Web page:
• You can right-click the desired value under the column header for a table or a query, or right-click the value in a control or the label of that control for a form, then click the Does Not Equal option
  • Click the value on a table, query, or form (for a form, you can also click the label of the control). Then, in the Sort & Filter section of the Ribbon, click Selection and click the Does Not Equal option

To use the Equals option, you must click the exact value you want to use as the basis for comparison. Some times, you will need to act on a range of values. To do this, you can right-click any value under a column for a table or query, or a control or its accompanying label on a form, then position the mouse on Number Filters and select from the menu that appears. Here is an example:

Number Filters

As seen for strings, a dialog box would appear. What you do in the Custom Filter dialog box depends on a few factors. If you had selected:

  • Equals...: You can type an exact number or a Boolean expression:
    • You can type a constant number and get the same result as if you had used the Equals option after right-clicking that number in the list
    • You can use a Boolean operator to perform a comparison. This means that you can use any of the comparison operators we reviewed in Lesson 17. For example, to get a list of numbers higher than 1000, you would select Equals and type >100
       
      Custom Filter
       
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  • Less Than...: You must type an exact value. For example, instead of using the Equals... option with the < operator, this option allows you to enter a value. Microsoft Access would consider the records whose values of that column are lower than the value you typed. For example, if you select Less Than and type 100, you would get the same result as if you have typed <100 with the Equals option. To get the records that have a value less than or equal to a certain value, you have two options:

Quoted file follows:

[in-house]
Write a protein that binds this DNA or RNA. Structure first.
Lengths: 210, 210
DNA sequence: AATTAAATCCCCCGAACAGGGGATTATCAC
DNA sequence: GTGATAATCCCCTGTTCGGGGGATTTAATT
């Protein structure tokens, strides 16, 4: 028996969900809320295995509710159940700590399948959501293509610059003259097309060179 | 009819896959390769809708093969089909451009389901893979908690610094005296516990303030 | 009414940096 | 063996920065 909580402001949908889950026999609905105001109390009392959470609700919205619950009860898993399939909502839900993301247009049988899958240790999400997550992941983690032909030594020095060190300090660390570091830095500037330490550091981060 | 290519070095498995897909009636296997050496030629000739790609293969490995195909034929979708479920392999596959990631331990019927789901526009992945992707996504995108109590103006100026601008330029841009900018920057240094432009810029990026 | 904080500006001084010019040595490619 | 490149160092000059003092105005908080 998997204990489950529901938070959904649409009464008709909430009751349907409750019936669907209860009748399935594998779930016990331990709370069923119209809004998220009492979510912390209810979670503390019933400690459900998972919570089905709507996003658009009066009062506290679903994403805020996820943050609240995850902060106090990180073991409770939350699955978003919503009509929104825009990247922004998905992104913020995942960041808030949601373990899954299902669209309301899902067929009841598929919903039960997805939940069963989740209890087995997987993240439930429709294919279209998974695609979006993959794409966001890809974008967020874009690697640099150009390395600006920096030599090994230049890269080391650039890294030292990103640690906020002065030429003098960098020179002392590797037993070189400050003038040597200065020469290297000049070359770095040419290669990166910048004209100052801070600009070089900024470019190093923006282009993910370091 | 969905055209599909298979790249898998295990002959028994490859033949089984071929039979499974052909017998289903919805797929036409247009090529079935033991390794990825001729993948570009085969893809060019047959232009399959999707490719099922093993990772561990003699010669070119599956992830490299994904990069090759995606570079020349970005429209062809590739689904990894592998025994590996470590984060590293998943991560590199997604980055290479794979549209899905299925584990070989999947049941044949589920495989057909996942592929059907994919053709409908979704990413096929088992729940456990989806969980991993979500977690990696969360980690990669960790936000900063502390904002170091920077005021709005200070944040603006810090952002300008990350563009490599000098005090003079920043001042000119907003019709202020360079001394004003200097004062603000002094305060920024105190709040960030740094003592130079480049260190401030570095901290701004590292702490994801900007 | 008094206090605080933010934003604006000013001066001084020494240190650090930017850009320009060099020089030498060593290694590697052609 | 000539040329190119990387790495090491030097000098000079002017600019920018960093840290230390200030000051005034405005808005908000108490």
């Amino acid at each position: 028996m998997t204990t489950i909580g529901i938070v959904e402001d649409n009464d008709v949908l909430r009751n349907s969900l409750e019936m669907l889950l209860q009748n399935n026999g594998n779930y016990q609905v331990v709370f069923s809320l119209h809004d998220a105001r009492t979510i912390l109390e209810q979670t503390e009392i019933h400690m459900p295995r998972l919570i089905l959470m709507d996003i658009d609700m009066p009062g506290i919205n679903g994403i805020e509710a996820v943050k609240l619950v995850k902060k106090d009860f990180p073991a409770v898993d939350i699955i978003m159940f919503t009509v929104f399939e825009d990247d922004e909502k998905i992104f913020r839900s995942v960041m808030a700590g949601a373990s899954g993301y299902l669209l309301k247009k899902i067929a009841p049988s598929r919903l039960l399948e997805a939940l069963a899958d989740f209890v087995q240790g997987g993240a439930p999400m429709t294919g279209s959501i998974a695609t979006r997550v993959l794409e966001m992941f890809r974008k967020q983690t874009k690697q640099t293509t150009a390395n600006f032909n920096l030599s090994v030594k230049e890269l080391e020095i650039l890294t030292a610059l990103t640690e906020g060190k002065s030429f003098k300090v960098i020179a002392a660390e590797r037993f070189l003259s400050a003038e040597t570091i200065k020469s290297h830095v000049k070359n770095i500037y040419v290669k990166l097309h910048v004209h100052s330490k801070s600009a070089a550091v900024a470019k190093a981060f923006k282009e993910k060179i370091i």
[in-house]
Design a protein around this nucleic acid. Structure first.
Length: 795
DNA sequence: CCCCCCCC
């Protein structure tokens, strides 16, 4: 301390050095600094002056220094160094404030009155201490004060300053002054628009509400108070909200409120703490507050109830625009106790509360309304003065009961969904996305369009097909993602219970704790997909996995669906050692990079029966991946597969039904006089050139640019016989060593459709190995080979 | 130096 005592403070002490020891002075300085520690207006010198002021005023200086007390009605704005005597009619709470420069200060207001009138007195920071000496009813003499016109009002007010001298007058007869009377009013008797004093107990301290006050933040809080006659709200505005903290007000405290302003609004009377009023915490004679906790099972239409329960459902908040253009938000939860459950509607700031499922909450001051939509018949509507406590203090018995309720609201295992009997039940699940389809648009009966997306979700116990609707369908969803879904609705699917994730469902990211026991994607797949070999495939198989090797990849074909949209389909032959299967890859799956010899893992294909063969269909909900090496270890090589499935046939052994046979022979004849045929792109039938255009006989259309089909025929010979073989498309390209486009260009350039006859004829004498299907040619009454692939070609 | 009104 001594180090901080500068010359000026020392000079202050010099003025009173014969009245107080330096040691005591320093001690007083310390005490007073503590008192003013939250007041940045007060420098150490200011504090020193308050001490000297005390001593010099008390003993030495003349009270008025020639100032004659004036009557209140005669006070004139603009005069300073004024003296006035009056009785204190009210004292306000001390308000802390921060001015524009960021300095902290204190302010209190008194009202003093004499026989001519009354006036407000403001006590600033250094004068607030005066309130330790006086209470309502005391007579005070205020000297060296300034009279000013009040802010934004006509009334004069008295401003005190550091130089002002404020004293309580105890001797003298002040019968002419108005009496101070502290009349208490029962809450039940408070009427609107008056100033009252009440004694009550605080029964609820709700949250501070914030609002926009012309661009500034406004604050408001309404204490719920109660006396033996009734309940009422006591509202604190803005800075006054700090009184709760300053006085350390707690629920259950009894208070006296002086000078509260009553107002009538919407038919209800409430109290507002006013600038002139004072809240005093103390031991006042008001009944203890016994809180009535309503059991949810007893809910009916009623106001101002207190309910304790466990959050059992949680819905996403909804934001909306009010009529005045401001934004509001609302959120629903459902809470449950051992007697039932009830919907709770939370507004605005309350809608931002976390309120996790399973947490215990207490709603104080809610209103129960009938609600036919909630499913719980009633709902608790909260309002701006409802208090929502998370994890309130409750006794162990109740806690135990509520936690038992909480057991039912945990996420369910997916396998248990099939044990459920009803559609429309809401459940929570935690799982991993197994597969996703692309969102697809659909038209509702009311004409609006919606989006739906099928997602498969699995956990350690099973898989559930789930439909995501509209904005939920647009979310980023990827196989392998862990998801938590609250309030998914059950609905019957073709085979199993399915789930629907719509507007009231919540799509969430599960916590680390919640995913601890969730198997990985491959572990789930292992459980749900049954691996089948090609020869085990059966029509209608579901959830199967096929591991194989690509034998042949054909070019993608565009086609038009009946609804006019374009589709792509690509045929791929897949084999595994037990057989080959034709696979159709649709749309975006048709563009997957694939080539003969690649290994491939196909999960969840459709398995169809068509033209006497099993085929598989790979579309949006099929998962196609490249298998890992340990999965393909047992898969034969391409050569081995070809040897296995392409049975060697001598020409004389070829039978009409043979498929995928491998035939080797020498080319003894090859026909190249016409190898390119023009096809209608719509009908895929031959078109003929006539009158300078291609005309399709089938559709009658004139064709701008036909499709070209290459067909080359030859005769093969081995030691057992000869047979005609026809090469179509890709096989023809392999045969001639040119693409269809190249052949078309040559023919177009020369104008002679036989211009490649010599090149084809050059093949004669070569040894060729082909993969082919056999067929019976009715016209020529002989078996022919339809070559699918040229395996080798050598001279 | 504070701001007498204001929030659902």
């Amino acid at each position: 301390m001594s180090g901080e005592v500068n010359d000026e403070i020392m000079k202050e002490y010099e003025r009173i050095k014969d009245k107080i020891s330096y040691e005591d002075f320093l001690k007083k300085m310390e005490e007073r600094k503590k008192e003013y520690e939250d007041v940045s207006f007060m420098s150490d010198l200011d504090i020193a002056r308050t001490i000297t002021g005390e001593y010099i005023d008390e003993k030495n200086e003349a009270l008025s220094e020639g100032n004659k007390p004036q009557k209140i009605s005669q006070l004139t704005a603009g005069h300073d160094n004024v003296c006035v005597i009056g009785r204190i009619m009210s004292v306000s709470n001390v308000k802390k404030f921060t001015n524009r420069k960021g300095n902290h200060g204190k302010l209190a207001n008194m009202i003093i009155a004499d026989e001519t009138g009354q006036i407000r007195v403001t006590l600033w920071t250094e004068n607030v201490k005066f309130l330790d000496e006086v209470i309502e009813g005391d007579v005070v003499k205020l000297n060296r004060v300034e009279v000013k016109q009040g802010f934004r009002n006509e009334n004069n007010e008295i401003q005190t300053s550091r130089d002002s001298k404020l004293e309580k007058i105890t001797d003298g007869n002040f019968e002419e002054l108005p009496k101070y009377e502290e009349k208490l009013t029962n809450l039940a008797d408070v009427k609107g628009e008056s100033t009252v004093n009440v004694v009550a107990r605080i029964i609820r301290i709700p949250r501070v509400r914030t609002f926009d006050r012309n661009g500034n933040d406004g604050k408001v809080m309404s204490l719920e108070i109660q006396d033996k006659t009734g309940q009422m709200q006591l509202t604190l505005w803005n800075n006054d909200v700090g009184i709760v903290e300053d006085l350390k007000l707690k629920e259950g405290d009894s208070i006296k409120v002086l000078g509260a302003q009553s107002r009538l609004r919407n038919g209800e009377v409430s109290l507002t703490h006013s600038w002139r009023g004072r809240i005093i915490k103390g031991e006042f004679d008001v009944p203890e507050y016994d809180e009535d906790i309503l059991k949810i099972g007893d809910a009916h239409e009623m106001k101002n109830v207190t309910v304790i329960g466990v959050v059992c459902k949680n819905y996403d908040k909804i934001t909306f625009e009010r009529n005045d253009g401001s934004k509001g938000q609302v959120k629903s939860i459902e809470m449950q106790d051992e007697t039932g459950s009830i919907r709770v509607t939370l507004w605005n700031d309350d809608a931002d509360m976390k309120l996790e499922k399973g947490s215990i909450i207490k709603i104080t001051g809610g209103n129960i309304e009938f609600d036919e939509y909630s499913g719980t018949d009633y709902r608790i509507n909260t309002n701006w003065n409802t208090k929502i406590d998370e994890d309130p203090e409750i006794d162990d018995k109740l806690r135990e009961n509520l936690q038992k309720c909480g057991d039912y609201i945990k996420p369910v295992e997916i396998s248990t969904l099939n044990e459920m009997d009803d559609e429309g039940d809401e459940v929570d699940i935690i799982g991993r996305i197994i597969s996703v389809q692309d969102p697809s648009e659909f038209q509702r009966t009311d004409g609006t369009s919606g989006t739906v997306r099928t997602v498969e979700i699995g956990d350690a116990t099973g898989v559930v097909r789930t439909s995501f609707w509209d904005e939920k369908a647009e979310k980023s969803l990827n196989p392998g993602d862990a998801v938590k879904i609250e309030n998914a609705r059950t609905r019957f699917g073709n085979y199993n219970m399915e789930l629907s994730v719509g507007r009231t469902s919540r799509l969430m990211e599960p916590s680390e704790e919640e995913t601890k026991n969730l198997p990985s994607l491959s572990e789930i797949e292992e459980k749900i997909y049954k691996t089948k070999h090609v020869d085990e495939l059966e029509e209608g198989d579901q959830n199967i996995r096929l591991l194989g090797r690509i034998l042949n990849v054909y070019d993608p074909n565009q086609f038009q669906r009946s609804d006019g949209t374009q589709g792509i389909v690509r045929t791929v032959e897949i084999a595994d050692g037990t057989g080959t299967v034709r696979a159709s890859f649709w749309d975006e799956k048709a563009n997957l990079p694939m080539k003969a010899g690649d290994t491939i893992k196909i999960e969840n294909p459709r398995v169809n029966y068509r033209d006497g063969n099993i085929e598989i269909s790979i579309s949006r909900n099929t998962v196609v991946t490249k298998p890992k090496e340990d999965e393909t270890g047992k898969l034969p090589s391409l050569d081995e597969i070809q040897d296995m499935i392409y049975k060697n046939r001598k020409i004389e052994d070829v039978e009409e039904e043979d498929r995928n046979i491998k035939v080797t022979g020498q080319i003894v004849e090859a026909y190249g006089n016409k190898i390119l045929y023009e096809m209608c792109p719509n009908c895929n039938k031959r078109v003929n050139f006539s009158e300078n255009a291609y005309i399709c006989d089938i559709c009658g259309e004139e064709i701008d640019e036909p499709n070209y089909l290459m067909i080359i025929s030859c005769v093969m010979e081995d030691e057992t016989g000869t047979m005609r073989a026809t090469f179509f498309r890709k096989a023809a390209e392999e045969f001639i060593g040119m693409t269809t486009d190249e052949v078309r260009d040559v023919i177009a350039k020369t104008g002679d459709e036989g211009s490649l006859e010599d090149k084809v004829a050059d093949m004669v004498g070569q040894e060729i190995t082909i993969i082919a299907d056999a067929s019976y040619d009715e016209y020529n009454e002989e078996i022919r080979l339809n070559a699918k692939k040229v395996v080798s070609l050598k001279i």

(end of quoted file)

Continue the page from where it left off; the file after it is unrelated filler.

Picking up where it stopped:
• You can right-click the desired value in the table, query or form and click the Less Than Or Equal To option
       
    • You can right-click any cell under the column or right-click the control or its label on a form, position the mouse on Number Filters, and click Equals. Then, in the Custom Filters dialog box, type <= followed by a number
  • Greater Than...: You must type an exact value. For example, if you type 100, Microsoft Access would create a list of records whose values of that column are higher than the value you typed.

    To get the records that have a value greater than or equal to a certain value, you have two options:

    • You can right-click the desired value in the table, query or form and click the Greater Than Or Equal To option
    • You can right-click any cell under the column or right-click the control or its label on a form, position the mouse on Number Filters, and click Equals. Then, in the Custom Filters dialog box, type >= followed by a number
  • Between...: If you click Between, a dialog box with two text boxes would come up:

    Between Numbers

    This option allows you to specify a range of values. In the top text box, you can type a small value. In the bottom text box, type a value equal or greater than the other. When you click OK, Microsoft Access would create a list of records in that range. Here is an example:


     

     
    You can also use the Equals option to get the same result. You would use the AND operator. Here is an example:
     

     

     
    We will study the AND operator in the next lesson but you should know that it is available.